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Re: Internal rotation of legs
« Reply #3 on: July 24, 2013, 07:45:20 PM »
I certainly had the inward rotation on both and it was noticeable about a year out on each.  It never got beyond dead straight and I've always been of a penguin/ducky walker of sorts.  However, now at 2 years, I have noticed that when relaxed and sitting, the toes tend to point out a little more to the side kind of like it was before HR.  It's a bit like there was a temporary period of inward rotation and now that all the bone and compoenets have found their happy spots, I actually got a little outward rotation.  Keep in mind, this is nothing like it was when I had OA just before HR, no internal rotation at all, only pain heading in that direction.   
LBHR 2/22/11, RBHR 8/23/11 - Pritchett.

John C

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Re: Internal rotation of legs
« Reply #4 on: July 25, 2013, 01:48:50 AM »
I noticed a very pronounced inward rotation after my surgery, which made total sense since it is the external rotators that are cut during surgery. I worked a lot on strengthening those during the first six months, and have not noticed it since. Sometimes when I see myself walking in a mirror, it does seem as though that leg may still be very slightly turned in, but it certainly is not a problem.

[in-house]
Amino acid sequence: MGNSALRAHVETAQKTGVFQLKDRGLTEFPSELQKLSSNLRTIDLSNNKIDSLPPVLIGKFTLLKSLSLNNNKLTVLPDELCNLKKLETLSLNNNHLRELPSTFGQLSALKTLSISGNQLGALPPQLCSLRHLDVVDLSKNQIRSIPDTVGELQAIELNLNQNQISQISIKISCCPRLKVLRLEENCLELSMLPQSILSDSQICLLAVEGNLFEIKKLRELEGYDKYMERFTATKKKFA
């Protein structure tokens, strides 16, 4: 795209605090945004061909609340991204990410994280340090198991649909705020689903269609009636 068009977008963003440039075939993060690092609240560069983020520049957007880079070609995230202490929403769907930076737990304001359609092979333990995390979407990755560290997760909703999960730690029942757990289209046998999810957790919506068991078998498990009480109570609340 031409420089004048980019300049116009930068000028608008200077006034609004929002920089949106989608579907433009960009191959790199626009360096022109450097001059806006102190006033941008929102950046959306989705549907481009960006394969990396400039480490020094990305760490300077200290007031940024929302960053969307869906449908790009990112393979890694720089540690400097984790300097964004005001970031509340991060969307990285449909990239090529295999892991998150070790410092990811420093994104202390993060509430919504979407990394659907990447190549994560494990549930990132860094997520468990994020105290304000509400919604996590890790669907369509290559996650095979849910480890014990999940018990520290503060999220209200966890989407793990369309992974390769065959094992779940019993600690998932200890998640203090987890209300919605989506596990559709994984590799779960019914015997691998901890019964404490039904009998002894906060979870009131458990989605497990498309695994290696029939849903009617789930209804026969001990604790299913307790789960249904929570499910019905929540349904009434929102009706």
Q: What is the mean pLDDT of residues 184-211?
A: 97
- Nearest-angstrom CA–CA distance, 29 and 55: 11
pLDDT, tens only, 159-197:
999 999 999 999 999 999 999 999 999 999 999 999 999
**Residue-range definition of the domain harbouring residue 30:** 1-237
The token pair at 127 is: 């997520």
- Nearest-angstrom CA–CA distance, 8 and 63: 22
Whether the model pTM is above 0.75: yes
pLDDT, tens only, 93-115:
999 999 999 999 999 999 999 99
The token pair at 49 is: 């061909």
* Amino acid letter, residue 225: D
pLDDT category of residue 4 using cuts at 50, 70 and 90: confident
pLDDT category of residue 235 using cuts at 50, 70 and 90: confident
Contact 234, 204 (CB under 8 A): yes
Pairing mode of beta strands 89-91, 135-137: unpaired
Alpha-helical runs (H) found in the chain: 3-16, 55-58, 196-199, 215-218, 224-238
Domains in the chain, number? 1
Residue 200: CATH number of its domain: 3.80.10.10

John/ Left uncemented Biomet/ Dr Gross/ 6-16-08
Right uncemented Biomet/Dr Gross/ 4/25/18

Lauren Lee

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Re: Internal rotation of legs
« Reply #5 on: July 25, 2013, 02:52:24 AM »
I'm almost 6 weeks post op and my PT noticed my toes pointed in and we're working on that.. So...I have to remind myself to keep my shoulders lifted, try to keep my right hip from dipping,keep my hips square and NOW point my toes straight. I find it difficult to walk and chew gum.
RBHR on June 17, 2013 by Dr. Phillip Schmitt, Huron Valley Sinai Hospital, Commerce Twp, MI

hernanu

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Re: Internal rotation of legs
« Reply #6 on: July 25, 2013, 04:04:58 PM »
I'm almost 6 weeks post op and my PT noticed my toes pointed in and we're working on that.. So...I have to remind myself to keep my shoulders lifted, try to keep my right hip from dipping,keep my hips square and NOW point my toes straight. I find it difficult to walk and chew gum.